The dunnock (Prunella modularis) is a common bird of gardens, woods and parks, familiar to many people still under its old name of hedge sparrow. The name is slightly misleading as, while the bird does indeed frequent hedgerows, it is not related to sparrows. Dunnocks belong to a family known as accentors, small ground and scrub-dwelling birds that hop around in a characteristically crouched posture. Both sexes are similar in appearance, being predominantly brown with a striated back and belly, and with a grey head and noticeably brown eyes. Young birds are more boldly streaked with dark brown or black, these marks also extending to the head and neck, a feature not found on the adults. Dunnocks resemble robins in their habits and many people still confuse the young of the two species. The song of the dunnock is nowhere as melodic as that of the robin, consisting of a loud, clear but tuneless series of tinkling notes, often delivered from the top of a bush or a prominent branch of a tree. However, the birds sing this ditty throughout the year, and it is often the only birdsong to be heard during the otherwise dull days of late autumn and winter.
Although a common bird in the UK, only recently have studies shown that the dunnock has an interesting domestic arrangement. Although the pair-bond between the birds appears strong during the breeding season, females will often court another male and mate with him. This ensures that her chicks – whichever partner actually sires them – will receive an adequate supply of food from both males. The nest is hidden in a hedge or shrub and contains up to five pale blue eggs. There can be up to three clutches laid in a season, the first appearing in March or April. Incubation takes about two weeks with the female taking sole charge of the brooding. The young are fed by both sexes and fledge after some 12 to 14 days. The dunnock is primarily an insect feeder although small seeds often form part of the bird’s diet as well.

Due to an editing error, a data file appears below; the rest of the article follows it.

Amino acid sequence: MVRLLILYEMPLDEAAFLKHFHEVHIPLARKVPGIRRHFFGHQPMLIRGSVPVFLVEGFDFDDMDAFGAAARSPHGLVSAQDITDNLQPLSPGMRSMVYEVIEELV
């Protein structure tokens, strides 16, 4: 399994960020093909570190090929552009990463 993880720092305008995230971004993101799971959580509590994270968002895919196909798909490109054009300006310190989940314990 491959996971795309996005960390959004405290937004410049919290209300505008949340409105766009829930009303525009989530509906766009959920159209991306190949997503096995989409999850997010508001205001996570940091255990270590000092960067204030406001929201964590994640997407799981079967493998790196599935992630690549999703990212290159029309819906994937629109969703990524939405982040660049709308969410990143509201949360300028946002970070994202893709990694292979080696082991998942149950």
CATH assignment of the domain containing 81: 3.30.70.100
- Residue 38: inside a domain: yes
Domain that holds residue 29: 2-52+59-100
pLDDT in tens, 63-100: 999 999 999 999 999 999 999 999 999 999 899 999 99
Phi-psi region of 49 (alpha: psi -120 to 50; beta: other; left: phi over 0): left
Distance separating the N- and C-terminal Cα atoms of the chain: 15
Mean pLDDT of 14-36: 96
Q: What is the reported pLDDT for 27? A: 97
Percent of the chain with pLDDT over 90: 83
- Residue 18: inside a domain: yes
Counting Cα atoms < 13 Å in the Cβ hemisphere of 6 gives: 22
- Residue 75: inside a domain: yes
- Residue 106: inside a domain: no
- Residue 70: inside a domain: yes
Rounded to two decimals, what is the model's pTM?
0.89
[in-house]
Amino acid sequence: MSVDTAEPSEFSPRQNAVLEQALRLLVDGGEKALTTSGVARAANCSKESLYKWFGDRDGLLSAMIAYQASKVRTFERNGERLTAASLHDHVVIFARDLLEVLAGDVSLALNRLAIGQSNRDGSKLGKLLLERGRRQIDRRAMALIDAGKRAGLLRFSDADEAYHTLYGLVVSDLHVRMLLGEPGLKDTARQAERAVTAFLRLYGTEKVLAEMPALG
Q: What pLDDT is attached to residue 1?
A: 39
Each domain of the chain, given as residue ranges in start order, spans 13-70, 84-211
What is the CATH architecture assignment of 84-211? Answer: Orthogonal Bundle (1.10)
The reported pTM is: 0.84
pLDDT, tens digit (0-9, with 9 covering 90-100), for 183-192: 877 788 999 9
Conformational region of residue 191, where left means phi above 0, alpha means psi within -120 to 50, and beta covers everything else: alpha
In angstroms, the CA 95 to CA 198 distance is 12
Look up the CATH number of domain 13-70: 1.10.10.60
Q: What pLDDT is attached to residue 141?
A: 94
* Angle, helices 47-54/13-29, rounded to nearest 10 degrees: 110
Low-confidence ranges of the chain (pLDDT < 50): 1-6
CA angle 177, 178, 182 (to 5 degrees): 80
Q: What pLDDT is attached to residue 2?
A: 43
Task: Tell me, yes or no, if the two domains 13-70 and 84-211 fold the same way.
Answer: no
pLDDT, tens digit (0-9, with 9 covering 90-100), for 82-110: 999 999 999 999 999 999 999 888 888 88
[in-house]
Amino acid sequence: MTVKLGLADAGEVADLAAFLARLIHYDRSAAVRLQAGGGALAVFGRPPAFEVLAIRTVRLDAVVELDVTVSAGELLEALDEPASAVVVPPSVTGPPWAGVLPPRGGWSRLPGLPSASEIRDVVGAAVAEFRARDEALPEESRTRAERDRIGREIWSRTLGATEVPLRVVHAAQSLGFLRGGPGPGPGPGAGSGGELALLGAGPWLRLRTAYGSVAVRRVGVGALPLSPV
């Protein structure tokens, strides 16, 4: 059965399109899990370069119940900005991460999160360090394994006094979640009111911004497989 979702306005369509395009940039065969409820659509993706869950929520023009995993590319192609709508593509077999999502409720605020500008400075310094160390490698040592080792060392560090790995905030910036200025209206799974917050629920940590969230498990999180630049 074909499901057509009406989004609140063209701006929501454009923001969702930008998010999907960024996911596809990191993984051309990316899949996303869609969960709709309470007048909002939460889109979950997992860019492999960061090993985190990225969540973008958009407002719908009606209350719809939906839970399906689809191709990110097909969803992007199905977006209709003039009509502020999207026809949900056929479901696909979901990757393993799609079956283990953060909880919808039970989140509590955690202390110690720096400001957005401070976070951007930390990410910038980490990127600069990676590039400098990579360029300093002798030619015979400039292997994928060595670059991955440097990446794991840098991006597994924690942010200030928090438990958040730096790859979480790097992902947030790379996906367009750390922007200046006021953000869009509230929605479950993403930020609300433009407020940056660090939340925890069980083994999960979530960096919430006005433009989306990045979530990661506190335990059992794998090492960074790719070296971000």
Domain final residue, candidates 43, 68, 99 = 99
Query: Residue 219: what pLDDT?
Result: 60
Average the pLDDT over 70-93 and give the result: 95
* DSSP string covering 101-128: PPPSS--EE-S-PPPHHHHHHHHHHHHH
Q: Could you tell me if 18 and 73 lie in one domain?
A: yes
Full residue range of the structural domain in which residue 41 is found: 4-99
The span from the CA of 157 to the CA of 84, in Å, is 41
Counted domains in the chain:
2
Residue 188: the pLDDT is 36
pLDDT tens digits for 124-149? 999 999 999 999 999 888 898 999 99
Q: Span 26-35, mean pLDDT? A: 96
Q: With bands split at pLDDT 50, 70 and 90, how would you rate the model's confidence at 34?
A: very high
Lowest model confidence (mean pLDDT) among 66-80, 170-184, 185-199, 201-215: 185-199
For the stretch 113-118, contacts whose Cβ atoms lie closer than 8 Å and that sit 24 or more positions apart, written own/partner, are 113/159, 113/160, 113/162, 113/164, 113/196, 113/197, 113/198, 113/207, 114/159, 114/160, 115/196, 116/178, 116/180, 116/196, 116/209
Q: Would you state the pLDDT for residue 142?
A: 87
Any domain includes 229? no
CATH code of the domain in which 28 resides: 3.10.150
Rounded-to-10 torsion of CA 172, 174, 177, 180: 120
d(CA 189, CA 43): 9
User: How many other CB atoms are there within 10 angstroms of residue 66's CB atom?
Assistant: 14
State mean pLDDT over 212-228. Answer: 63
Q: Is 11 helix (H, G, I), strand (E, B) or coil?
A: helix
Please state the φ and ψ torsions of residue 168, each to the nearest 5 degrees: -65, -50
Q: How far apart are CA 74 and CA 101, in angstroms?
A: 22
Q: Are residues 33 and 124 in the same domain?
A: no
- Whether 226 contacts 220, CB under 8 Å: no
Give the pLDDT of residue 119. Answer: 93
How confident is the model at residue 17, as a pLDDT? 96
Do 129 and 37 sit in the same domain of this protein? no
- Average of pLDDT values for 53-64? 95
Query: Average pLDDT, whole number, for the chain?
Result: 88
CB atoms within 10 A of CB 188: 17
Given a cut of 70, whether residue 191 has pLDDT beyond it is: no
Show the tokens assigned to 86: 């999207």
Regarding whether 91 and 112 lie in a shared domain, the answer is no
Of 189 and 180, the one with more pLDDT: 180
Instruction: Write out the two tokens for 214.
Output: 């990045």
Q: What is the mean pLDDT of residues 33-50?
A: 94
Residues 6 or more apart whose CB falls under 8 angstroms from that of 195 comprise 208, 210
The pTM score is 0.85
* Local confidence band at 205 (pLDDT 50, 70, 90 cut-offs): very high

In the south of England, the dunnock is the principal host of the cuckoo (Cuculus canorus). Although cuckoos also parasitise the nests of meadow pipits, and match their eggs to those of that host, they rarely produce blue eggs to match those of the dunnock. This does not seem to stop dunnocks becoming unwitting foster parents to the much larger cuckoo, and faithfully rear the interloper as their own young. The cuckoo chick has a much greater appetite than the young dunnocks so, for this reason, after it hatches the cuckoo chick evicts the dunnock eggs or chicks from the nest to remove the competition for food.
The dunnock is found across the whole of Europe, and parts of western Asia. It occurs throughout the UK and republic of Ireland, where it is a resident, but in the northern part of its range, it is a migratory bird.
In Britain, the dunnock can be seen almost anywhere in the lowlands, in gardens, parks, on heaths and in woodlands. It prefers habitats with some areas of cover as the bird is rather shy in behaviour. In other parts of Europe, dunnocks are found also in spruce woods and upland forests.
The dunnock is classified as Least Concern (LC) on the IUCN Red List (1). It receives general protection under the Wildlife and Countryside Act (as amended) in the UK. Included in the Birds of Conservation Concern Amber List (medium conservation concern).
Although the dunnock appears to be an abundant and familiar bird, figures compiled by the British Trust for Ornithology show that in the decade from mid the 1970s, populations fell by nearly 50 percent. This was particularly true of woodland dunnocks, and the cause is still unknown. However, the populations have stabilised and there are signs of a slight recovery in recent years.
While the dunnock remains a relatively common bird, recent studies have shown that populations in woodland habitats are at risk. Many of the UK’s once common birds have declined drastically in the last 30 or 40 years, many as a result of increased agricultural pressure. Although the dunnock is a bird that seems adapted to survive in a variety of habitats, the pressures of our increasing demand for urban and industrial development could still prove damaging.
Recently, wildlife-friendly gardening techniques have become more popular in both rural and urban environments. So long as we provide our garden birds with a healthy balance of wild plant and insect food, there is no reason why our still familiar species such as the dunnock cannot maintain their numbers and continue to gladden us with their modest but cheerful winter songs.
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